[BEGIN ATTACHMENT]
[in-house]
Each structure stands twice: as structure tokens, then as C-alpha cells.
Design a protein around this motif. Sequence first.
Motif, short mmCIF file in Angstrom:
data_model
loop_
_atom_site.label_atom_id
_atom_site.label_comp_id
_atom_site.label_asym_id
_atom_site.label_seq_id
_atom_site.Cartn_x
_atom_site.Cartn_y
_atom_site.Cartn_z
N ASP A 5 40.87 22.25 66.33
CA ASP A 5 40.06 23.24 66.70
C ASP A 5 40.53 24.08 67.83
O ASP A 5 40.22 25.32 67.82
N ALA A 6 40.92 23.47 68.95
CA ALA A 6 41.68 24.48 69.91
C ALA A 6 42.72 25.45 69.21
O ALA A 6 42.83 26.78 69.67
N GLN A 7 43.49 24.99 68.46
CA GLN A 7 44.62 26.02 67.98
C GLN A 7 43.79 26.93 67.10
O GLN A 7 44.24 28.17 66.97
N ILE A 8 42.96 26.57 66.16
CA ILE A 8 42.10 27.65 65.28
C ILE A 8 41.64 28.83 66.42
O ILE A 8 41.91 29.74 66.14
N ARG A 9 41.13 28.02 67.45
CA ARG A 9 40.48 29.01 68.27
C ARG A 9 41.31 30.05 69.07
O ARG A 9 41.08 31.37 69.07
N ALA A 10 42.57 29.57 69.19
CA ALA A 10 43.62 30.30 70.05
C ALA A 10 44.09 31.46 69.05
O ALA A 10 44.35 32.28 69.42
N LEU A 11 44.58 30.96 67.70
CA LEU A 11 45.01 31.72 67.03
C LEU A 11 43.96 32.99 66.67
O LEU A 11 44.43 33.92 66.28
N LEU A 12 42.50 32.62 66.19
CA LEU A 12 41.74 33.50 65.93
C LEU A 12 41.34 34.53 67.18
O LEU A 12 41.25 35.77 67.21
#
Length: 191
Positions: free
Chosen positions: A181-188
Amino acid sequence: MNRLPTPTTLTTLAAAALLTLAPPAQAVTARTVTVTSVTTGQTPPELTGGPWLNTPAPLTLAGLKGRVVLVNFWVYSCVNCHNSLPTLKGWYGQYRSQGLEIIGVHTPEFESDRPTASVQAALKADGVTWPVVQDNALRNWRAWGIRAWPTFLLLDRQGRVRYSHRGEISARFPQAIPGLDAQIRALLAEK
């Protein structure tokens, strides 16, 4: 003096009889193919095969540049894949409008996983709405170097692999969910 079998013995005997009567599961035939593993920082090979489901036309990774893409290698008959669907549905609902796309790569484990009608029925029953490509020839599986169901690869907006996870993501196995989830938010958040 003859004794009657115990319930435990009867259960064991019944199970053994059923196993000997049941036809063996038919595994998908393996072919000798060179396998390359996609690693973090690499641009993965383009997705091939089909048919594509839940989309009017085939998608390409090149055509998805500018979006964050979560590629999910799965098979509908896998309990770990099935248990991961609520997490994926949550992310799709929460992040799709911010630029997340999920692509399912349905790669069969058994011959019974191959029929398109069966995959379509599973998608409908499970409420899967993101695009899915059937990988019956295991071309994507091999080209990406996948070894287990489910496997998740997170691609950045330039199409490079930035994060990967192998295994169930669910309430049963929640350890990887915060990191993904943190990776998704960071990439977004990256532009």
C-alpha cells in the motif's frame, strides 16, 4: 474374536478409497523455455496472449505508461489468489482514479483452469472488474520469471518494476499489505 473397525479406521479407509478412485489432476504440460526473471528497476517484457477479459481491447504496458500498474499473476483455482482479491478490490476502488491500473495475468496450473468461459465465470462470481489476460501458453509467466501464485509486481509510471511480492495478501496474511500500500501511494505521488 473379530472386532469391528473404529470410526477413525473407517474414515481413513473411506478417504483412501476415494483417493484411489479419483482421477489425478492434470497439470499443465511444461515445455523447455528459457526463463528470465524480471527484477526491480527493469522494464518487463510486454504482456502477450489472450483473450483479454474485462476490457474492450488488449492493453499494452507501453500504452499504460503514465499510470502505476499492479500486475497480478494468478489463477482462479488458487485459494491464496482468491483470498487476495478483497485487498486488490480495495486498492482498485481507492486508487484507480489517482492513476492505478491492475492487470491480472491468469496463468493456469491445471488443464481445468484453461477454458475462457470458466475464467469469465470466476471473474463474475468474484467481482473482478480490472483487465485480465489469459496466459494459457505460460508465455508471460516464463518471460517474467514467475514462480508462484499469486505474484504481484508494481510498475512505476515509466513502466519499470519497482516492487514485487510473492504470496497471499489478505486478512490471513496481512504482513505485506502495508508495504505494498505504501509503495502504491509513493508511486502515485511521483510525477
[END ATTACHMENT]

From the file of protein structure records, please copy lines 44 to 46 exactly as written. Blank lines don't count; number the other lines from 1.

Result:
C LEU A 12 41.34 34.53 67.18
O LEU A 12 41.25 35.77 67.21
#